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MDV

Mageia 8 Review by an Ubuntu & Mandriva User

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MDV
Reviews
Ubuntu

I am honored to review Mageia 8 today as an ex-Mandriva user and long time Ubuntu user at Ubuntu Buzz. Mageia version 8 just released this year in February with a ton of useful features and improvements by an enormous worldwide team of developers. Mageia is a French originated, desktop computer operating system that is user friendly and looks very beautiful derived from Mandriva GNU/Linux and is a Red Hat family thanks to its RPM software package format.Now it's time to the review that I divide into several parts below. I wish you will like it.

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Mageia: A New Board to go with the New Release

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MDV

The Mageia Association met for its Associate General Meeting on the 1st of March with the intention of electing a new Board to govern Mageia, as per the Mageia Constitution.

The Board consists of 6 – 12 individuals that oversee the financials and running of the distribution on matters that are above the Mageia Council. The new Board consists of individuals from around the world that have all joined the Mageia project with the hope of creating a unique and successful distribution that continues the legacy of powerful flexibility and ease of use set out at the start of the project.

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PCLinuxOS and OpenMandriva Leftovers

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PCLOS
MDV
  • Two PCLinuxOS Family Members Finally Meet

    I know that the question of meeting other PCLinuxOS users has, again, recently come up in the PCLinuxOS forums. While the middle of a pandemic might not be the best time to meet up with other PCLinuxOS users, it can be the perfect time to start planning a meeting for once this pandemic is in our rearview mirror.

    Meemaw and I, despite having "worked together" on The PCLinuxOS Magazine for many years, have never met face-to-face. We've burned up the email wires, and always do. We've "talked" extensively on IRC. We've texted each other on our cell phones. We've even talked to one another on the telephone. We are planning/hoping to get together for a trip to the Kansas City Zoo, just as soon as the weather turns decent. Even though Meemaw grew up in the Kansas City area, she hasn't been to the Kansas City Zoo in many, many years.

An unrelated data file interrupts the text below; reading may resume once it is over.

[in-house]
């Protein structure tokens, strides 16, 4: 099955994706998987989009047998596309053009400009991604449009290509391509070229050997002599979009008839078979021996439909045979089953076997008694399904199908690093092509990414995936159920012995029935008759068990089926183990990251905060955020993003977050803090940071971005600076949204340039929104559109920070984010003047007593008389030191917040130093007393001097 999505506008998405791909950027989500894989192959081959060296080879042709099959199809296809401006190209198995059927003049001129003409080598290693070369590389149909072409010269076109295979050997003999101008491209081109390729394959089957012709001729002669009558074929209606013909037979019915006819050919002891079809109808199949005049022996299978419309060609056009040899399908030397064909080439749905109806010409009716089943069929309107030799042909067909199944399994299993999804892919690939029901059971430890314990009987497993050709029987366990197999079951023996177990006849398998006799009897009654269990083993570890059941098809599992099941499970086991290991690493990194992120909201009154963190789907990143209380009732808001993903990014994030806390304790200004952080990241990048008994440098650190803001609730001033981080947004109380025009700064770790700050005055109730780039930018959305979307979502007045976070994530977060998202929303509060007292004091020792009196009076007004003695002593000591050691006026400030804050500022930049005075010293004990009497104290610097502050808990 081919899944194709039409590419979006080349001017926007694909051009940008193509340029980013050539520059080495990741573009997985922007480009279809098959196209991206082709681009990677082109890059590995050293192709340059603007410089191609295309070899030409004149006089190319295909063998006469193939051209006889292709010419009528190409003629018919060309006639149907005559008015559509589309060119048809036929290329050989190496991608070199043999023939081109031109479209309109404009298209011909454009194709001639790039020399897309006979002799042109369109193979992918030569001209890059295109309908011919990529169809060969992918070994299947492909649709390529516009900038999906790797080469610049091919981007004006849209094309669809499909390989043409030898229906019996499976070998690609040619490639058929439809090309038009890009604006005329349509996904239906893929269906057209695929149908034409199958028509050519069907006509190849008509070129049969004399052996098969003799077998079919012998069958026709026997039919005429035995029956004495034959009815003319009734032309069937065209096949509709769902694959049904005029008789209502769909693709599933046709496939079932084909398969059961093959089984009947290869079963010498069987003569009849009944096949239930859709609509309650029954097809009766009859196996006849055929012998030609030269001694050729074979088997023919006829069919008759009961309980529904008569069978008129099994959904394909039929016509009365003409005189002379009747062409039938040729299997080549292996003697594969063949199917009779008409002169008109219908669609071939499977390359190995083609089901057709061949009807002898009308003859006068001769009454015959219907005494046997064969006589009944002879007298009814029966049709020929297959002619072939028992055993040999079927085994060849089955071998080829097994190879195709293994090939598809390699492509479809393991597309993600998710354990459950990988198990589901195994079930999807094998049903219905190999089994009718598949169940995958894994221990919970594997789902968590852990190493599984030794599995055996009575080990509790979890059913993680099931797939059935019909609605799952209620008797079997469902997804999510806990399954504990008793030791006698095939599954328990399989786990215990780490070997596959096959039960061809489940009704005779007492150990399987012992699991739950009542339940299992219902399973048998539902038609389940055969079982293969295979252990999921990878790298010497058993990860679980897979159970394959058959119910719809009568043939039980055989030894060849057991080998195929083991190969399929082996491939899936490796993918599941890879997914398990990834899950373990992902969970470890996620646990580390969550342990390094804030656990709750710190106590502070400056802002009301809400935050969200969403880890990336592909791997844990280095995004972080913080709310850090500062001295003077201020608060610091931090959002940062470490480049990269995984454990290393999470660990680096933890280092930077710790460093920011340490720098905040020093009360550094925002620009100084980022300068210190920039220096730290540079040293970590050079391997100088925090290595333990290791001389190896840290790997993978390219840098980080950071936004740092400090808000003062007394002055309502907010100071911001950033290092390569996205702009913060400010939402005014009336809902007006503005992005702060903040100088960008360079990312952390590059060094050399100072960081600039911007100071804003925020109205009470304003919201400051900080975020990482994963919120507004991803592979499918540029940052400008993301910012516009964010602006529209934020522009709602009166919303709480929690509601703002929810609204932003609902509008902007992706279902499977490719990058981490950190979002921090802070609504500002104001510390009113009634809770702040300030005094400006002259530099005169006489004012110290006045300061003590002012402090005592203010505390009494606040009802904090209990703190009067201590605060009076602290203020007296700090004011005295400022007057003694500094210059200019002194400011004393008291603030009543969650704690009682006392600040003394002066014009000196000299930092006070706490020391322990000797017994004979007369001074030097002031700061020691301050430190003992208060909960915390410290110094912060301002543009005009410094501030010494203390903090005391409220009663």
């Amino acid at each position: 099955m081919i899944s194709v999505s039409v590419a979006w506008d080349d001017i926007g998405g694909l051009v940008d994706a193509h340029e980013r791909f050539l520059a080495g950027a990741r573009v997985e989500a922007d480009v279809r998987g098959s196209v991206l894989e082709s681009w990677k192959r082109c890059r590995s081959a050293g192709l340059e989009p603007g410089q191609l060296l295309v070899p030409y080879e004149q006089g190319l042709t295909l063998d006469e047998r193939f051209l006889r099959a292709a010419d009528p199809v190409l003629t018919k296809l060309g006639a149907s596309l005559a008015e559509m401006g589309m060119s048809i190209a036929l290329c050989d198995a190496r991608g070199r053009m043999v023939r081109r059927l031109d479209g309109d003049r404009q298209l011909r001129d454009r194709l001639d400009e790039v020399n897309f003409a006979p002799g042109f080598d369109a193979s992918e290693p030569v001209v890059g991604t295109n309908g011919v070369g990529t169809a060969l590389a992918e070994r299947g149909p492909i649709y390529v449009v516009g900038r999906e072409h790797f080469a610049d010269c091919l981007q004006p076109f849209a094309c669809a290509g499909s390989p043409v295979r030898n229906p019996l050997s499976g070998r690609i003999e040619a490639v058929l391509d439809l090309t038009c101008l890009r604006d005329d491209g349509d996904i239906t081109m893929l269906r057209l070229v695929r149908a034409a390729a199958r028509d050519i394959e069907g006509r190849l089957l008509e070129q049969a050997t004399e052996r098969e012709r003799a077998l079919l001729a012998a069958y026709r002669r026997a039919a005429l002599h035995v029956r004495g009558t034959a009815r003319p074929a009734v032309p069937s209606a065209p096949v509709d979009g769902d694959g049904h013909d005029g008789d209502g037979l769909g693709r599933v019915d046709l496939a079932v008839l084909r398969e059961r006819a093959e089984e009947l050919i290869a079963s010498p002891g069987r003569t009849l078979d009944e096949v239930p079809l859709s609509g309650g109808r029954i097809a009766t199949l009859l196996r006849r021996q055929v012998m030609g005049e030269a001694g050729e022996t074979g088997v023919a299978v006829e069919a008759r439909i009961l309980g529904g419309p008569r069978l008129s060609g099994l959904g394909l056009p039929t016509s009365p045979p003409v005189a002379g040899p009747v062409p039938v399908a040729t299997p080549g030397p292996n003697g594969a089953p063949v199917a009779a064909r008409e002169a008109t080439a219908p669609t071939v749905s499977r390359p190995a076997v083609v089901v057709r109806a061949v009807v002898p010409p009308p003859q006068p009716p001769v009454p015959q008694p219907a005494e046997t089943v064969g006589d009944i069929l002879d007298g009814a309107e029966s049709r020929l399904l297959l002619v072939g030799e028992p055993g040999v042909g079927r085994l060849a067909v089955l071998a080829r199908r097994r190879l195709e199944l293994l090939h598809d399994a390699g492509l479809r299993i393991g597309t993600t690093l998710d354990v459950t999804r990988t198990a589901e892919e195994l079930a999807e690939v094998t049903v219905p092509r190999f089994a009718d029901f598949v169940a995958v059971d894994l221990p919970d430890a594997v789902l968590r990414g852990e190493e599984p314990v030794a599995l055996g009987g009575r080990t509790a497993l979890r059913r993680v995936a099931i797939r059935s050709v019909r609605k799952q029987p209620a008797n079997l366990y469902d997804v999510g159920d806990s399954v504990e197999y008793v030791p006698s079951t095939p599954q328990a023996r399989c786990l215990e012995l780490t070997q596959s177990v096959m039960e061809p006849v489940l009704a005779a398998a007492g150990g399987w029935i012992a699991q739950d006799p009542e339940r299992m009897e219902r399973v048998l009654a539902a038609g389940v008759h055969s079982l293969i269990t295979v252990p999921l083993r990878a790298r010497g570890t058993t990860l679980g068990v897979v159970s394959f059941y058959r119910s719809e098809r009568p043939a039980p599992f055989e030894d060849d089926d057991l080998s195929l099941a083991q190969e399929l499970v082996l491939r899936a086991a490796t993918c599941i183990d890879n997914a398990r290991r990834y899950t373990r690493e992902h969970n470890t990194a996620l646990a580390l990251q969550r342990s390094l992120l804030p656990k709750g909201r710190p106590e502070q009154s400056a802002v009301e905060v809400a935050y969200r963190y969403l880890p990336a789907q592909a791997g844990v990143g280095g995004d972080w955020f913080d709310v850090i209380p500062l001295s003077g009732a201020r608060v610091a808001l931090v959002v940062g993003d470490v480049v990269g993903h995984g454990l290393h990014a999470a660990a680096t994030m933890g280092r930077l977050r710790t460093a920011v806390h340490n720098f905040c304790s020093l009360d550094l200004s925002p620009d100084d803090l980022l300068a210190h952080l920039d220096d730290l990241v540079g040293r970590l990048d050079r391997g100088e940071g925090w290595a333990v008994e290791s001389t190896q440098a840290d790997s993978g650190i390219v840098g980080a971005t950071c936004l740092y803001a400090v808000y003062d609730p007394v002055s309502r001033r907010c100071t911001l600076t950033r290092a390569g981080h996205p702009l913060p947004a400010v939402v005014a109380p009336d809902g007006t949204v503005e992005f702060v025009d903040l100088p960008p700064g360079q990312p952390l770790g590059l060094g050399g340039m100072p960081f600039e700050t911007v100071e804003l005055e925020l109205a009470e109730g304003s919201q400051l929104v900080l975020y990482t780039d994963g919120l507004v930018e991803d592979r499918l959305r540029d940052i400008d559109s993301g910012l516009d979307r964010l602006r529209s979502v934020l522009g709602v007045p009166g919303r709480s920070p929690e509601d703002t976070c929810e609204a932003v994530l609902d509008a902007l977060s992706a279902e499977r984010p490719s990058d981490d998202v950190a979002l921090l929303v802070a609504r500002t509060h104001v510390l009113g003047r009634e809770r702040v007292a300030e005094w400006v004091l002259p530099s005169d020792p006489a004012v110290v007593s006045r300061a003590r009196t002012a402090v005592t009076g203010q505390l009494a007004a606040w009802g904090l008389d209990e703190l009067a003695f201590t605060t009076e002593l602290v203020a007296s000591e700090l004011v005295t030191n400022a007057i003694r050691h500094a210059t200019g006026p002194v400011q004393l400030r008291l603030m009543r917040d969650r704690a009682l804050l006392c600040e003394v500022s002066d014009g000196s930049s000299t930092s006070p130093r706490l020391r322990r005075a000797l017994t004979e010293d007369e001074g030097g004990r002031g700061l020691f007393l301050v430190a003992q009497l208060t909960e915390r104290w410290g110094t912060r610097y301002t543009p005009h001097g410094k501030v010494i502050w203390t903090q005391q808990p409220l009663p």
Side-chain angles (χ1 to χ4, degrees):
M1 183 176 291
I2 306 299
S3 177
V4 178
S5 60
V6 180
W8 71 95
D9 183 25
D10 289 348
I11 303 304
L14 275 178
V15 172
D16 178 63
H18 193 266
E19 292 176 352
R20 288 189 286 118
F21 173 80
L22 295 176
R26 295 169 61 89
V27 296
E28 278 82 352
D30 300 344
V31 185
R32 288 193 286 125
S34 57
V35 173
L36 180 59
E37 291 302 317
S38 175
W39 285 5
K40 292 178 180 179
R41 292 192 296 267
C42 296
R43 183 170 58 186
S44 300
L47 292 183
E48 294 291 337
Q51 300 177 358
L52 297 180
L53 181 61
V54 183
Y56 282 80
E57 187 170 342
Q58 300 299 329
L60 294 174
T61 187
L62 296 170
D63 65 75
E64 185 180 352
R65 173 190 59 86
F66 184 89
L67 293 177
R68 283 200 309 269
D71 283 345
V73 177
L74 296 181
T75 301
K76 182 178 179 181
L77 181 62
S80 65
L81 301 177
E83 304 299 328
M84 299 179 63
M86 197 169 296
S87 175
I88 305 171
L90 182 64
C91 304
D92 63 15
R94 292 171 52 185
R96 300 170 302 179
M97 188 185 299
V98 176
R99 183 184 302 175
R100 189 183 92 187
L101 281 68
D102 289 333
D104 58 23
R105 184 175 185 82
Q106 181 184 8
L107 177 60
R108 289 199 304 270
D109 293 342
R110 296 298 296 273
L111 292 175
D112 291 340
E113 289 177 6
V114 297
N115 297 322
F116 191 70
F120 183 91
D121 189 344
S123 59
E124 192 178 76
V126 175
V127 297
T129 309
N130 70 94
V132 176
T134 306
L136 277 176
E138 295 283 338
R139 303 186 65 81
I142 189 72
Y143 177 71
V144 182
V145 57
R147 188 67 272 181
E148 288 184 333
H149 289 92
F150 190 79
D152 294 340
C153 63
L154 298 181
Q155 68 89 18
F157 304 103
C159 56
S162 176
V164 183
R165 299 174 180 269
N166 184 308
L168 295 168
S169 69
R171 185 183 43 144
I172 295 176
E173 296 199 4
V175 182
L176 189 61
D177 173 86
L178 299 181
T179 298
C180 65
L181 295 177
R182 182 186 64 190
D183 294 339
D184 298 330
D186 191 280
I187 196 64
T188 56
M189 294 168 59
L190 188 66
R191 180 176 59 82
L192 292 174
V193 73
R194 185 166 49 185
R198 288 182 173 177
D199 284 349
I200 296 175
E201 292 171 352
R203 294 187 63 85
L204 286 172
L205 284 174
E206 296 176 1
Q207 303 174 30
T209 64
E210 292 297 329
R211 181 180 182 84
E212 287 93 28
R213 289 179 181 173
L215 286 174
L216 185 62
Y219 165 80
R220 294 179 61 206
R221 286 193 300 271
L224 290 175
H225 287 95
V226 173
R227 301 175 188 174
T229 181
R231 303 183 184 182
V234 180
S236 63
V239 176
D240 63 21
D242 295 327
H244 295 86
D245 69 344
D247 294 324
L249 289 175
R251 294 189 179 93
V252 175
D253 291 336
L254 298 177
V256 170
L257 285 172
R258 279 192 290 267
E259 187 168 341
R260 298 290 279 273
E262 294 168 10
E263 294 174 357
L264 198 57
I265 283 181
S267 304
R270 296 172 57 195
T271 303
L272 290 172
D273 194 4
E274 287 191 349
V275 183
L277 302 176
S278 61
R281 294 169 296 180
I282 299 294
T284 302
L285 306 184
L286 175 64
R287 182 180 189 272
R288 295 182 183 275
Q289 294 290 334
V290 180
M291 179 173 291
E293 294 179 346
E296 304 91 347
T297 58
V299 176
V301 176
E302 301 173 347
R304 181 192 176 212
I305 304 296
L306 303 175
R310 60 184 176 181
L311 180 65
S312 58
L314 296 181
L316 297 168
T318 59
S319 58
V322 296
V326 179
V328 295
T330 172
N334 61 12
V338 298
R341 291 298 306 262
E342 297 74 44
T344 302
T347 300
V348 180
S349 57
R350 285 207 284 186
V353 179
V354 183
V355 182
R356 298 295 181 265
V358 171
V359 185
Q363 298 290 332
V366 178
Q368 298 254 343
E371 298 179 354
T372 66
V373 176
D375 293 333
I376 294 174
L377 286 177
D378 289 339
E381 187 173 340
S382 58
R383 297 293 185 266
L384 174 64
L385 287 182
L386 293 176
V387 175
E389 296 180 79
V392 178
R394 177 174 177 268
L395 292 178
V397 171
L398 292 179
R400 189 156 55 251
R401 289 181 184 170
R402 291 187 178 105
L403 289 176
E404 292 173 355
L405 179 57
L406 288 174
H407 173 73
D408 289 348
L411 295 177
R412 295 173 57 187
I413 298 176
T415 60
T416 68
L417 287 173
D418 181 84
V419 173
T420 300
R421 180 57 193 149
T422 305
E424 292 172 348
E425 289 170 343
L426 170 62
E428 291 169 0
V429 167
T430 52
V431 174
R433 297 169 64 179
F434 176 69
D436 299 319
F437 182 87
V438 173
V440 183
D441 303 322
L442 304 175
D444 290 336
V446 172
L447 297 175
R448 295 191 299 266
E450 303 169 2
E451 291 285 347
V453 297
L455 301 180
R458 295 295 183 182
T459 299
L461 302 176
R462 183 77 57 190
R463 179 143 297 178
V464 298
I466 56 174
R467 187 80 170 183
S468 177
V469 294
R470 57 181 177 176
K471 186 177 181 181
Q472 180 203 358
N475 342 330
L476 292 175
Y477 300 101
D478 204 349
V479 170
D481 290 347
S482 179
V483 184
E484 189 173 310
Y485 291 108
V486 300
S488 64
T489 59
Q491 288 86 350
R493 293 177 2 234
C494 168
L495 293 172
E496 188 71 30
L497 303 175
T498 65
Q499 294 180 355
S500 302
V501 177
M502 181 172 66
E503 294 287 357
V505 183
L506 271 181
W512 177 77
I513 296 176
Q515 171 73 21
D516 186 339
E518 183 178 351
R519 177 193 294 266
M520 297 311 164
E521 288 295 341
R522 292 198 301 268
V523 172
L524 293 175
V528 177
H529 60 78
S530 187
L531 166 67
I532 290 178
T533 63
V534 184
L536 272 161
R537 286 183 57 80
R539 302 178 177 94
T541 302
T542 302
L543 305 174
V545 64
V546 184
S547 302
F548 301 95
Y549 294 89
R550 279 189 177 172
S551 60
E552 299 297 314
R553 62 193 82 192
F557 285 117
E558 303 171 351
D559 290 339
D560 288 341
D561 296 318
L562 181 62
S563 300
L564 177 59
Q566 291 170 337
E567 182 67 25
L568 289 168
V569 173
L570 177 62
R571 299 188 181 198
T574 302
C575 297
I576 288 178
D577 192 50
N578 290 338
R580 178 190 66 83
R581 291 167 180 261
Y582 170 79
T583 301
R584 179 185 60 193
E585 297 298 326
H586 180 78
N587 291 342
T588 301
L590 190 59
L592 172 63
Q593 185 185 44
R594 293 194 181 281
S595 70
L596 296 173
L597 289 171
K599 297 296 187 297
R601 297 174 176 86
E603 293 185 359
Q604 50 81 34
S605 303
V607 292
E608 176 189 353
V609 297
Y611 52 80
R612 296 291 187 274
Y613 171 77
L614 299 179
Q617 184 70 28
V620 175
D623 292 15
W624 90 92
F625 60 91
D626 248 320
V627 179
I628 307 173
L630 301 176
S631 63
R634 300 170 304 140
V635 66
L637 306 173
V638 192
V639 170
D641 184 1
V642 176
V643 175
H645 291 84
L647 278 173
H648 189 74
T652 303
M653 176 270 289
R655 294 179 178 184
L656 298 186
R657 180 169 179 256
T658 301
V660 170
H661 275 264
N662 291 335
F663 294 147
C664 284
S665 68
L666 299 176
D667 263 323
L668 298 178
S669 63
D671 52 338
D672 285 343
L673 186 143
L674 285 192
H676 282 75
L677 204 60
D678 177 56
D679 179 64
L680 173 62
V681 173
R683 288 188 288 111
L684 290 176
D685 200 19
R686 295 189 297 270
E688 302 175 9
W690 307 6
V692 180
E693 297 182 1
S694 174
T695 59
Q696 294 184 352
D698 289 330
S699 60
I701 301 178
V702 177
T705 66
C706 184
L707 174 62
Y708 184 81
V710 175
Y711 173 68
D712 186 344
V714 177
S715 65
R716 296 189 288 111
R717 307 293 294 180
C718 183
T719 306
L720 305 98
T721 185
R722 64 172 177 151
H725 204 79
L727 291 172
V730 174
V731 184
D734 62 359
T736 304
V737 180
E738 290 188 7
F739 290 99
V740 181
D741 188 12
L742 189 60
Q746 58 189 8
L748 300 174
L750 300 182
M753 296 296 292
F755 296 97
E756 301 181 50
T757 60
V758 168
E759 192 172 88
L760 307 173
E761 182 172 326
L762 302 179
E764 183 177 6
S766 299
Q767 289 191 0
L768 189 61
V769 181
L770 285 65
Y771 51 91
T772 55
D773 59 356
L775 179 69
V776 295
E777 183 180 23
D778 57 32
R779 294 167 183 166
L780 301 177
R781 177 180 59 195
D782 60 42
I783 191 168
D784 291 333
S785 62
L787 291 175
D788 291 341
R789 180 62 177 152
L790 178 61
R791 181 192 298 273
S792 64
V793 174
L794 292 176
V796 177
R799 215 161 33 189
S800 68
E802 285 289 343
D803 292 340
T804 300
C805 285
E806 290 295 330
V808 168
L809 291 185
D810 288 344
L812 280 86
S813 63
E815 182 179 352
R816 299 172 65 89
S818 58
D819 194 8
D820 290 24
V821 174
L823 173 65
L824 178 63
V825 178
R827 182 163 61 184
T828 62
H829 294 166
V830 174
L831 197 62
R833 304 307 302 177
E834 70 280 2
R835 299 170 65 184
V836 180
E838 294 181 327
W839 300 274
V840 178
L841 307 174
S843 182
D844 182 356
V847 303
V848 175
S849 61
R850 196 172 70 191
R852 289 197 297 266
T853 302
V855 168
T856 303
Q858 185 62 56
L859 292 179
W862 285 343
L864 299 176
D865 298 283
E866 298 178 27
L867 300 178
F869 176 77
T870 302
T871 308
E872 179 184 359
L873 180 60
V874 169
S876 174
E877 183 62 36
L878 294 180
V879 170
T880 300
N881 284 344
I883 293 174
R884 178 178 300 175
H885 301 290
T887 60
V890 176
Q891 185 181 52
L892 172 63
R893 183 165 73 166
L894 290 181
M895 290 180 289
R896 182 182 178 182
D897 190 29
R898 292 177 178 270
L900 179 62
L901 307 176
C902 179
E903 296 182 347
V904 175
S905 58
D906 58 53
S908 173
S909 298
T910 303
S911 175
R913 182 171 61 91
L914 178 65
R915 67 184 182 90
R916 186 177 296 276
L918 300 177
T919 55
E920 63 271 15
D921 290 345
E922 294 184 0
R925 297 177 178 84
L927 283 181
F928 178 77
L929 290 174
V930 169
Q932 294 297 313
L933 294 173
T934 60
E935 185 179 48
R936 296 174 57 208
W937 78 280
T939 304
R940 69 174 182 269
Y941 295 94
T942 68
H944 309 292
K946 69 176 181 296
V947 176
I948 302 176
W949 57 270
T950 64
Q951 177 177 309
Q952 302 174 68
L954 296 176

If you live near another PCLinuxOS user, reach out and try to meet them. PCLinuxOS has always had a close, family kind of feeling to it, especially among PCLinuxOS forum members. So, why not try to meet those other family members? If you do, let us know about it here at The PCLinuxOS Magazine. We might just feature your "getting to know you" escapades in a future issue. And remember ... pictures, or it never happened!

  • PCLinuxOS Screenshot Showcase
  • OpenMandriva notable mention in social network

    FediFollows mentioned OpenMandriva in recommended follows of the week.

Two Nice Discoveries on PCLinuxOS 2021

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MDV

Today I bought a wireless mouse. Truth be told, I did it because, long ago, I had read that Linux had problems running such devices and I wanted to experiment.

I had booted my laptop with PCLinuxOS and, in my ignorance, I got ready to struggle with Bluetooth to configure it. I placed the batteries and plugged in the USB connector. That was all it took for PCLinuxOS to start using the device correctly, he, he. No struggle whatsoever.

Then I remembered that I could no longer type in Japanese using PCLinuxOS because iBus simply would not be displayed in the task bar (even after a correct installation of all the packages). So, I decided to tinker a bit to see if I could get Japanese IME to function once again.

All I did was to go to the PCLOS control center, System, Manage localization and, once there, select iBus after choosing the language. A message asked me to restart the session, so I logged out and back in.

But the iBus icon was not in the task bar. I looked in the menu and found "run iBus," so I ran it. Still, no icon in the task bar.

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A Week with Mageia 8: Two Success Stories

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MDV